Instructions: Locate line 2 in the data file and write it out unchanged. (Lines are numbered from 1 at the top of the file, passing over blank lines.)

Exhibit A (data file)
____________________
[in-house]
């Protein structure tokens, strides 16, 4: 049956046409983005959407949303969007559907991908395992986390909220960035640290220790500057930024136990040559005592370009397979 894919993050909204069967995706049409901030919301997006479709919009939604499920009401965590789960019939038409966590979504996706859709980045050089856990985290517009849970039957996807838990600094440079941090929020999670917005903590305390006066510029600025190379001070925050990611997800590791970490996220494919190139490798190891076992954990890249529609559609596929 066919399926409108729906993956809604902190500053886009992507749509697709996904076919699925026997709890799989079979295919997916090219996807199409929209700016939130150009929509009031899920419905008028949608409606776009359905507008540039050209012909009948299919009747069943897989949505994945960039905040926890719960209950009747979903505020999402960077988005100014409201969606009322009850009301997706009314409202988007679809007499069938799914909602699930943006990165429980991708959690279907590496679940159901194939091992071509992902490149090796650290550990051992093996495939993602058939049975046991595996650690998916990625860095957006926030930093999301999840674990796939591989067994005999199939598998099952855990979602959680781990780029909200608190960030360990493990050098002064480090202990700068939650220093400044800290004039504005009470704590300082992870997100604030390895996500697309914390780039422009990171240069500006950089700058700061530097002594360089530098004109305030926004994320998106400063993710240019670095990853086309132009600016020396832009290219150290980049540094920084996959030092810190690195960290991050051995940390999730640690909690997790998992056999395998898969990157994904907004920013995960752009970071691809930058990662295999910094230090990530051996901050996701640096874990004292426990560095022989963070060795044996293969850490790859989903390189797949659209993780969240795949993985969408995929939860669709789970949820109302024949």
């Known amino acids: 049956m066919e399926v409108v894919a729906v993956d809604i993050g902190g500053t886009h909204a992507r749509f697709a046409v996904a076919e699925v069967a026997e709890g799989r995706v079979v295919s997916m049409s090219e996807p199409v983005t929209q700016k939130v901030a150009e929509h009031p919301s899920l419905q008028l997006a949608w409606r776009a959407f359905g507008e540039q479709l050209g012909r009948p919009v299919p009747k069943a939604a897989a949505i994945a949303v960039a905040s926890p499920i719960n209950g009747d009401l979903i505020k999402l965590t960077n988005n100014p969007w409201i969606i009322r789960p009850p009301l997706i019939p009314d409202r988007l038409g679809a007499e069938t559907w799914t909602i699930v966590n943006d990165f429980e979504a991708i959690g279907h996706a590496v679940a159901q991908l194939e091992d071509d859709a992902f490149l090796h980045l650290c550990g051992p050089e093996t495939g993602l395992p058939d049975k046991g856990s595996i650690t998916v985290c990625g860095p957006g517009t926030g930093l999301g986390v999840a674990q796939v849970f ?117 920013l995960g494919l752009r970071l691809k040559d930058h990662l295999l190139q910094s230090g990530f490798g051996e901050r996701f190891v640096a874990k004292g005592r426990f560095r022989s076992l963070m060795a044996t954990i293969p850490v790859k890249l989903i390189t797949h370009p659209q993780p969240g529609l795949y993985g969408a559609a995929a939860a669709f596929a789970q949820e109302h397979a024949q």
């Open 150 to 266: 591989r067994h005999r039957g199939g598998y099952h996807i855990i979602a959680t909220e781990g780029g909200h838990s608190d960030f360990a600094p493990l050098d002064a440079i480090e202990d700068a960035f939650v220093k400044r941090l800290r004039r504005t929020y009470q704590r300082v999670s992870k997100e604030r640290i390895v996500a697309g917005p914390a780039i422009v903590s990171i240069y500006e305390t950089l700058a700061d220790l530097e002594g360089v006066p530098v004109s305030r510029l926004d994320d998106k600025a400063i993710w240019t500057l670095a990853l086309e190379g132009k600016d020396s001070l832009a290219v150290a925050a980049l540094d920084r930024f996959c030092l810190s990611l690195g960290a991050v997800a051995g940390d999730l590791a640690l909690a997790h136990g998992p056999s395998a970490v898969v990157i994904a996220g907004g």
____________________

């Protein structure tokens, strides 16, 4: 049956046409983005959407949303969007559907991908395992986390909220960035640290220790500057930024136990040559005592370009397979 894919993050909204069967995706049409901030919301997006479709919009939604499920009401965590789960019939038409966590979504996706859709980045050089856990985290517009849970039957996807838990600094440079941090929020999670917005903590305390006066510029600025190379001070925050990611997800590791970490996220494919190139490798190891076992954990890249529609559609596929 066919399926409108729906993956809604902190500053886009992507749509697709996904076919699925026997709890799989079979295919997916090219996807199409929209700016939130150009929509009031899920419905008028949608409606776009359905507008540039050209012909009948299919009747069943897989949505994945960039905040926890719960209950009747979903505020999402960077988005100014409201969606009322009850009301997706009314409202988007679809007499069938799914909602699930943006990165429980991708959690279907590496679940159901194939091992071509992902490149090796650290550990051992093996495939993602058939049975046991595996650690998916990625860095957006926030930093999301999840674990796939591989067994005999199939598998099952855990979602959680781990780029909200608190960030360990493990050098002064480090202990700068939650220093400044800290004039504005009470704590300082992870997100604030390895996500697309914390780039422009990171240069500006950089700058700061530097002594360089530098004109305030926004994320998106400063993710240019670095990853086309132009600016020396832009290219150290980049540094920084996959030092810190690195960290991050051995940390999730640690909690997790998992056999395998898969990157994904907004920013995960752009970071691809930058990662295999910094230090990530051996901050996701640096874990004292426990560095022989963070060795044996293969850490790859989903390189797949659209993780969240795949993985969408995929939860669709789970949820109302024949």